Friday, February 10, 2012

Lot's of econ blogosphere navel-gazing going on

Swirling in particular around Krugman of course (here, here, here, here). I have an odd relationship with these sorts of discussions. On the one hand I do jump in more often than not because I think the blogosphere is useful forum to cultivate, and that means calling out who I consider to be bad actors and defending guys like Krugman and DeLong that have great contributions but can get somewhat petty - and yet somehow get turned into Godzillas by the more delicate among us.

The fact is, everyone pulls their hair out every once in a while over someone else that just doesn't seem to get it. That's life, and it's not something we should really get worked up over.

What gets me more, and makes me want to just stop reading the exchanges and actually go do things I should be doing (like homework), is the sheer obliviousness of some of it. Krugman and DeLong at least seem self-aware of their abrasiveness - and their argument is that it's worth it to get worked up because of what's at stake. Some of the opposition shocks me in that they don't even seem aware of how nasty and condescending their compatriots can be.

I'll be a little more interested in the navel gazing when someone on the libertarian side starts treating Krugman like something other than the village idiot or smacks down Cafe Hayek every once in a while, and when maybe Krugman wags his finger at DeLong for a particularly catty post.

Otherwise this stuff is mostly silly. I can't think of a single person who has piled on Krugman that doesn't regularly turn a blind eye to other bad behavior. As long as Krugman continues to crank out critical insights, my attitude towards the hand-wringing over Krugman will be occasional interest but mostly a "c'est la vie" stance. This is how it goes.

Not a single person that has lectured me on how I should be harder on Krugman and DeLong strikes me as being more civil than them or more likely than me to scold the guys they like. 99% of the blogosphere finger-wagging is your own bias. I personally rank Krugman as about on the level of Mankiw, Cowen, and Rowe on civility (many notches higher on excitability). The guys he really goes after directly are usually politicians or people who are really battering him (What is he supposed to do? Not respond?). I rank DeLong as about the level of Sumner or Murphy. Much more gloves-off, but not a jerk.

One of the things about DeLong that I think people miss is first that like Krugman he can get excitable, but also that there are a lot of schtick posts he does on a regular basis. Here's a clue: if there are about 500 nominees for "dumbest guy in the world", he probably doesn't actually think they're the dumbest guy in the world. Brad know how superlatives work. I take a schtick title a lot better than a directed, personalized insult that I read on a daily basis directed at Krugman or DeLong. The other very strong quality Brad has (aside from very insightful posts), is that he's one of the only bloggers out there that criticizes, corrects, and re-evaluates himself. I know I'm terrible at that.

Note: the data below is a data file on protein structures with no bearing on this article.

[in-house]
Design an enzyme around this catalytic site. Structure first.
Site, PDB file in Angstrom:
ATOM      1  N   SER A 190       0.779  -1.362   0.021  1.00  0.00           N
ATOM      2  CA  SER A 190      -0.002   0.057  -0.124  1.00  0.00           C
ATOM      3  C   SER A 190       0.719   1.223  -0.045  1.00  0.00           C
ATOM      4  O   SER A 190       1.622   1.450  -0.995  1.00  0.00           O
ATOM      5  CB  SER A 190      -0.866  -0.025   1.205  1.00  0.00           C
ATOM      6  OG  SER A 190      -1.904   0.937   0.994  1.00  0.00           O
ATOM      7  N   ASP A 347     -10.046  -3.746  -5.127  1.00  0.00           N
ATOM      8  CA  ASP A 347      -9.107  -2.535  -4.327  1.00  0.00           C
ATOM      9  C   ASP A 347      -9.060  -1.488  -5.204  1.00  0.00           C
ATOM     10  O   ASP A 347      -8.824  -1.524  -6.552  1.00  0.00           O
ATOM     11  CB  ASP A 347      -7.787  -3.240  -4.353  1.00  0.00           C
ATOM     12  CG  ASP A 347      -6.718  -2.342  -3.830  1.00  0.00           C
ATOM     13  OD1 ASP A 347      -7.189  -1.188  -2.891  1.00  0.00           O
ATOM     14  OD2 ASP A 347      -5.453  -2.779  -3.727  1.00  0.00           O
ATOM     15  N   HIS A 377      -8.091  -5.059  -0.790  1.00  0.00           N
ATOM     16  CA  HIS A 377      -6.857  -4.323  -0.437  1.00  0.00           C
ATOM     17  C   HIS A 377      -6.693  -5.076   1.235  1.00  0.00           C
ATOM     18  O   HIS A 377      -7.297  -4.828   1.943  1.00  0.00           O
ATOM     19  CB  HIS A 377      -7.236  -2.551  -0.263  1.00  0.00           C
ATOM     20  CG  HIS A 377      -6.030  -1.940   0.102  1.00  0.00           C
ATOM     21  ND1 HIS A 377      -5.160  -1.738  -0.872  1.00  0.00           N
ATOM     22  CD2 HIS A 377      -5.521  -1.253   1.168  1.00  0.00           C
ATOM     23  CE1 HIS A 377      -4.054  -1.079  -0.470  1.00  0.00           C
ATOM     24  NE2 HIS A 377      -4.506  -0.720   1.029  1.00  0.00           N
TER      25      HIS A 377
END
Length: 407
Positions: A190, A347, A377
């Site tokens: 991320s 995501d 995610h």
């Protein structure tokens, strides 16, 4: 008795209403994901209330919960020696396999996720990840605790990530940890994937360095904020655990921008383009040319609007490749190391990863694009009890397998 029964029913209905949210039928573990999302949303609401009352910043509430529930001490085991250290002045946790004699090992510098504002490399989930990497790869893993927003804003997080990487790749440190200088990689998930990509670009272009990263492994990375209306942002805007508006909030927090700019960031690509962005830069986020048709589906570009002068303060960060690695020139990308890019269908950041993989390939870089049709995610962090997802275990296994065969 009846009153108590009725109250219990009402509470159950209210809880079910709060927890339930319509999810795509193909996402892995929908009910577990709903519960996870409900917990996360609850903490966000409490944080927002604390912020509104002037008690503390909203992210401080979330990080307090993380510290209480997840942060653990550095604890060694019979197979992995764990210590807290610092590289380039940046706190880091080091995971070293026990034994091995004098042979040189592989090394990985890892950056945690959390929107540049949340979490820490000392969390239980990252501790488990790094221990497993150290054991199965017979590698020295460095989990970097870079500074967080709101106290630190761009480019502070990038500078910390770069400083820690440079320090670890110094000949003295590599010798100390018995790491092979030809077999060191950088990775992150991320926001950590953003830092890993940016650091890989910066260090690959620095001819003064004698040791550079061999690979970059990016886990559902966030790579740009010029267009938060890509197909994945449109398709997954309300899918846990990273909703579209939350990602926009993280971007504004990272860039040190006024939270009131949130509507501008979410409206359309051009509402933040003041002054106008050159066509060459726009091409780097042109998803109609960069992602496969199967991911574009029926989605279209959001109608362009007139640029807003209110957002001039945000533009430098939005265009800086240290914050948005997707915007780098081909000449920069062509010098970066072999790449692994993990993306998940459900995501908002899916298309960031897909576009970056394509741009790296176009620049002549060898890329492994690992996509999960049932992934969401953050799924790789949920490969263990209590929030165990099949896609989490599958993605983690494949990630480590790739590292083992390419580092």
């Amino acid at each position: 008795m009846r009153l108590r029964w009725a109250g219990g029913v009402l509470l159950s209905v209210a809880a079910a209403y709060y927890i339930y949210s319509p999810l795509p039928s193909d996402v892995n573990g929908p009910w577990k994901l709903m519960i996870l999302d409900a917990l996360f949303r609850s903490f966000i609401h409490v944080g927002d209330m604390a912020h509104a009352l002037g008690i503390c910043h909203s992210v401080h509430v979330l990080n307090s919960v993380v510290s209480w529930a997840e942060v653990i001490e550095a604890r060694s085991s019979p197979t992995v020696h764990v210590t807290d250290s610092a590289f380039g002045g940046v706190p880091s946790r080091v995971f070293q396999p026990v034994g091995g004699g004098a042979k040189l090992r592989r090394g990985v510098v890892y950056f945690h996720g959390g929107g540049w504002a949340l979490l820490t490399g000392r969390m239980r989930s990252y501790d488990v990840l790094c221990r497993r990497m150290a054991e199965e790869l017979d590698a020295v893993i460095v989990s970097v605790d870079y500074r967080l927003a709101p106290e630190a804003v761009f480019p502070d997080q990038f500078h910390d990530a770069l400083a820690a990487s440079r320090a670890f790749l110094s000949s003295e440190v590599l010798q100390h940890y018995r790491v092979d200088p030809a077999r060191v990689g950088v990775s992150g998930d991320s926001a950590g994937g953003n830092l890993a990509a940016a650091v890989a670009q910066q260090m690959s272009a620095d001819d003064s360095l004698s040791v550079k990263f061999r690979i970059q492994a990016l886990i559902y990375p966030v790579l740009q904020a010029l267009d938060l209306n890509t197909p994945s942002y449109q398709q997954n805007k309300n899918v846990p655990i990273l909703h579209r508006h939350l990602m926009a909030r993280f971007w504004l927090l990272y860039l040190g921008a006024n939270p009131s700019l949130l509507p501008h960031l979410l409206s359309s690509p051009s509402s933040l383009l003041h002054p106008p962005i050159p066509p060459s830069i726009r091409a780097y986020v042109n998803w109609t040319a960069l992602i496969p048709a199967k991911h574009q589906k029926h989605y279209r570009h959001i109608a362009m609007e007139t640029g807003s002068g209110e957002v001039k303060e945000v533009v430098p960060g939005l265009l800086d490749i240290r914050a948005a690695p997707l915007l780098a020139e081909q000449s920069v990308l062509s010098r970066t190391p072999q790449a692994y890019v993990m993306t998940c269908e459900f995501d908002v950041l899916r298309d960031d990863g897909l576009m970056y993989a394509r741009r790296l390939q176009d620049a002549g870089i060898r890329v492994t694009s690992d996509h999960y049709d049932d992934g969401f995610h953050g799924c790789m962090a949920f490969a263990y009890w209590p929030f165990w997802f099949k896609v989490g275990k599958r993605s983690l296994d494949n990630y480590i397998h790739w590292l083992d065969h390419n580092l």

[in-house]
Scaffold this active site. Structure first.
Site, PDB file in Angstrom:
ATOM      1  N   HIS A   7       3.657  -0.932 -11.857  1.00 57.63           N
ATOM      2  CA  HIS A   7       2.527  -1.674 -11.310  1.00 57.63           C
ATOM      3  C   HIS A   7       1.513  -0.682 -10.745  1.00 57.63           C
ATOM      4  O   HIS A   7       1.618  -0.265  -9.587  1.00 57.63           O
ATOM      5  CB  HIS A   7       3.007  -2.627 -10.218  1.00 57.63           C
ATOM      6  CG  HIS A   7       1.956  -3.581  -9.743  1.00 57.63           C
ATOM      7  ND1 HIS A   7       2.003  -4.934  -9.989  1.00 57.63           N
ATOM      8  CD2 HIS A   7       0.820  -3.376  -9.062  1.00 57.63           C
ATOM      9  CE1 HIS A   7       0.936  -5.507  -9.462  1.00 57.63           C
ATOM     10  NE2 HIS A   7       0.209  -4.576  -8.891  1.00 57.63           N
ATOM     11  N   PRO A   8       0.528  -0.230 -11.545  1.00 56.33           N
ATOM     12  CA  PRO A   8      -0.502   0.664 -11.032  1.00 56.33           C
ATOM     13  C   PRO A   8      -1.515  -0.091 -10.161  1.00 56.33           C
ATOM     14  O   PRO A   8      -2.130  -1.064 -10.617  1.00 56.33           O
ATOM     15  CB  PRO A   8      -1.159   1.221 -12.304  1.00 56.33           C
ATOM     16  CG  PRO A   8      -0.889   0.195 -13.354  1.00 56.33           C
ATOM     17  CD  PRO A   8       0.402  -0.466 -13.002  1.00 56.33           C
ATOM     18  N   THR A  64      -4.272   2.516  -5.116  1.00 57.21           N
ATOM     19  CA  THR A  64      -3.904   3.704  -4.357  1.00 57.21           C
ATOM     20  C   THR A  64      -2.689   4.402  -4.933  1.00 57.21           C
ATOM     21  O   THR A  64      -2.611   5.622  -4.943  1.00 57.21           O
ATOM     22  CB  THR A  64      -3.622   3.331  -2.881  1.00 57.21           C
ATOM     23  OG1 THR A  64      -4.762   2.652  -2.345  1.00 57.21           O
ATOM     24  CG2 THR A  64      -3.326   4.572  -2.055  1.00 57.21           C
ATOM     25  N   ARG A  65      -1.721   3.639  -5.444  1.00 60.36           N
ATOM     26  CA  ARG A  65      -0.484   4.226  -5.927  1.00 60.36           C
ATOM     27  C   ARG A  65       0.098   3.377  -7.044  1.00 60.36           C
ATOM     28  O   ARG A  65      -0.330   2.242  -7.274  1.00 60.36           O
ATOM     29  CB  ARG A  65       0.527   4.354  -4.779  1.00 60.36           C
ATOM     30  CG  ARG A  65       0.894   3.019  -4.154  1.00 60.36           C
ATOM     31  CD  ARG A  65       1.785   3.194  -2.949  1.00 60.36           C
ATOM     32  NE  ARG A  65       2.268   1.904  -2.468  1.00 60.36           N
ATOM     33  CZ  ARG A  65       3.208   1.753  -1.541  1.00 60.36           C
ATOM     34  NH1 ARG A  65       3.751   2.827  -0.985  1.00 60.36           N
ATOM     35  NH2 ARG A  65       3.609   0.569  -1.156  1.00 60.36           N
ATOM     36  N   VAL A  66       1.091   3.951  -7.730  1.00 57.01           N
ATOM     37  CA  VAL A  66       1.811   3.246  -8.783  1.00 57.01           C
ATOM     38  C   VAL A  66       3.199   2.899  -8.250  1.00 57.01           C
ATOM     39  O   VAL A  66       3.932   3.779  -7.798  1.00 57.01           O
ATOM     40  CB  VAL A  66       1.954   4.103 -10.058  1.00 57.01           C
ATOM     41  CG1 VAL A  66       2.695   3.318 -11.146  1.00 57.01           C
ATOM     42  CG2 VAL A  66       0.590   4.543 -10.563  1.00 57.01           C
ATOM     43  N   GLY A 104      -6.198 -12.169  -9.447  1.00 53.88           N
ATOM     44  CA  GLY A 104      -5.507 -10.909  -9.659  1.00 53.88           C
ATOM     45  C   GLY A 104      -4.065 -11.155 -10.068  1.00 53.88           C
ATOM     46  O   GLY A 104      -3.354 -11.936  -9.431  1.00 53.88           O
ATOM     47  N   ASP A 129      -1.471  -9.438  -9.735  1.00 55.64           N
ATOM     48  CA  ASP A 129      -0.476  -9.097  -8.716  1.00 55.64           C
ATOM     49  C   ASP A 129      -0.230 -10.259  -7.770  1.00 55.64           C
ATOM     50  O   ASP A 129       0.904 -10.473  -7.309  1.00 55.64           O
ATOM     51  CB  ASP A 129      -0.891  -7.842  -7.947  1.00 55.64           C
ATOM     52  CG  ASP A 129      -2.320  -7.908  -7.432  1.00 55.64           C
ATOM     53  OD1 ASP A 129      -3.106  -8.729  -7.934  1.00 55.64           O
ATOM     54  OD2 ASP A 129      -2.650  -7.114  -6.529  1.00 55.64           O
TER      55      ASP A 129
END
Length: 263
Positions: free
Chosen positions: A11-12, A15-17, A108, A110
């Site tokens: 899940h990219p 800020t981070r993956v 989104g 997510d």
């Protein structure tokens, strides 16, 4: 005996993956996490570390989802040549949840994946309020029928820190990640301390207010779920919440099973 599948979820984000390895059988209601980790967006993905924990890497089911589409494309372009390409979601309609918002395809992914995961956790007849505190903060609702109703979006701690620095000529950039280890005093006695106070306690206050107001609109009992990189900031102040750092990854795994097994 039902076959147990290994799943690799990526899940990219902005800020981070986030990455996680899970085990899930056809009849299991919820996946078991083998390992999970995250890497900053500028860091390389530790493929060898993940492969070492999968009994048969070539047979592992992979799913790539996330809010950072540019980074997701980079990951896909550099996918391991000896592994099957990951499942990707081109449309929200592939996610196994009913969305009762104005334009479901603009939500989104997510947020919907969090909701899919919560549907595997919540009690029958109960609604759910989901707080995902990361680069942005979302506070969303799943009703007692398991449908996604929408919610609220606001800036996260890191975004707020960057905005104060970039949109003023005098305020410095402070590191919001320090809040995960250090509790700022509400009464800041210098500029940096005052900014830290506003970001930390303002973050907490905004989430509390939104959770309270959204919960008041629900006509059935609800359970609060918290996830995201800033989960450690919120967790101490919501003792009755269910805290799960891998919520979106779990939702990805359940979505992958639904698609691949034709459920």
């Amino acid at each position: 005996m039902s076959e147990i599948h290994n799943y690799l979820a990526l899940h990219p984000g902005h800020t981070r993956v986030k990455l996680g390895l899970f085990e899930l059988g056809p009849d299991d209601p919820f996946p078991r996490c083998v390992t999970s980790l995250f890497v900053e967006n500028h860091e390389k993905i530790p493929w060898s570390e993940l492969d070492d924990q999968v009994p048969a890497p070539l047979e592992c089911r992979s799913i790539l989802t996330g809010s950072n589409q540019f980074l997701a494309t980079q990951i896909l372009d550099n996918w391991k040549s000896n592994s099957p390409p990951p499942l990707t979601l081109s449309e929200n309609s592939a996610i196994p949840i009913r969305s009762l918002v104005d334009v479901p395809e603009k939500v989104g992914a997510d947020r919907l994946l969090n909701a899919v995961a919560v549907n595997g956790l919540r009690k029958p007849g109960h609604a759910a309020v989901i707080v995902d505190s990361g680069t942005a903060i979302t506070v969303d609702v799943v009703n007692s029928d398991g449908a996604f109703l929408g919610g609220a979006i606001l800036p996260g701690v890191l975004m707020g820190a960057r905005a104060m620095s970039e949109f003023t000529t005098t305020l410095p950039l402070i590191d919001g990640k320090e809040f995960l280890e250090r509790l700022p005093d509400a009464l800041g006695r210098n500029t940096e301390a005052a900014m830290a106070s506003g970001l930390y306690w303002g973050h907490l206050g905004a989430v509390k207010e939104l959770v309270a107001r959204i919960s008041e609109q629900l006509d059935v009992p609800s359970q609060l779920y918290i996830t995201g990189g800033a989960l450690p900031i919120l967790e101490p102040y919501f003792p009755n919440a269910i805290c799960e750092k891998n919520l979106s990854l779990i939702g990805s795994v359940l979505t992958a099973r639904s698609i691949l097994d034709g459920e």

1. I am glad I read this post before I went to bed. I don't know if I could sleep without knowing what you think about what other people think about bloggers you like.

    1. I guess that's why you're reading this blog in the first place.

  2. Much like all of us have been waiting with bated breath to see what a psuedononymous commenter that none of us have ever heard from before thinks of what I thought of what others think about bloggers.

  3. I find it instructive to peruse comments on bloggers' posts to get a sense of the effects of their polemics. I'll freely admit that Paul Krugman's "Conscience of a Liberal" makes me squirm regularly (and that I read it everyday!!). What is worse than the tone of the column itself, however,is the sycophancy of the readers who comment. I have a very hard time imagining that the majority of these readers have more than a cursory familiarity with economic thought, and I find it disturbing a little bit the idolization of Krugman and the attendant demonization of others that the commentators level. The NY Times is a forum with a huge readership, and really unlike any of the other blogs you mention.

    1. I agree, but this goes on everywhere. I don't really know of any blogs where what you say about these commenters isn't true. You get more of them with Krugman's blog, of course - simply because of the venue.

      But this is true of most commenters in most well-read blogs.

      Which is why I say - yes, this is all quite disappointing, but the idea that this is somehow a uniquely Krugman thing is bonkers. Krugman is no less civil than the average libertarian blogger. His commenters are no less idolizing and demonizing than the average libertarian commenter.

  4. he's one of the only bloggers out there that criticizes, corrects, and re-evaluates himself. I know I'm terrible at that.

    you could start by re-evaluting how really stupid Jeffrey Sachs was with his comments

  5. I think you really have to look at the history here--back at 2000 and 2001 and 2002...

    If you have not reread recently, you need to do so--the right-wing noise machine has been grinding out the same fanfare for more than a decade now, in the expectation that memories are short...

    Brad DeLong


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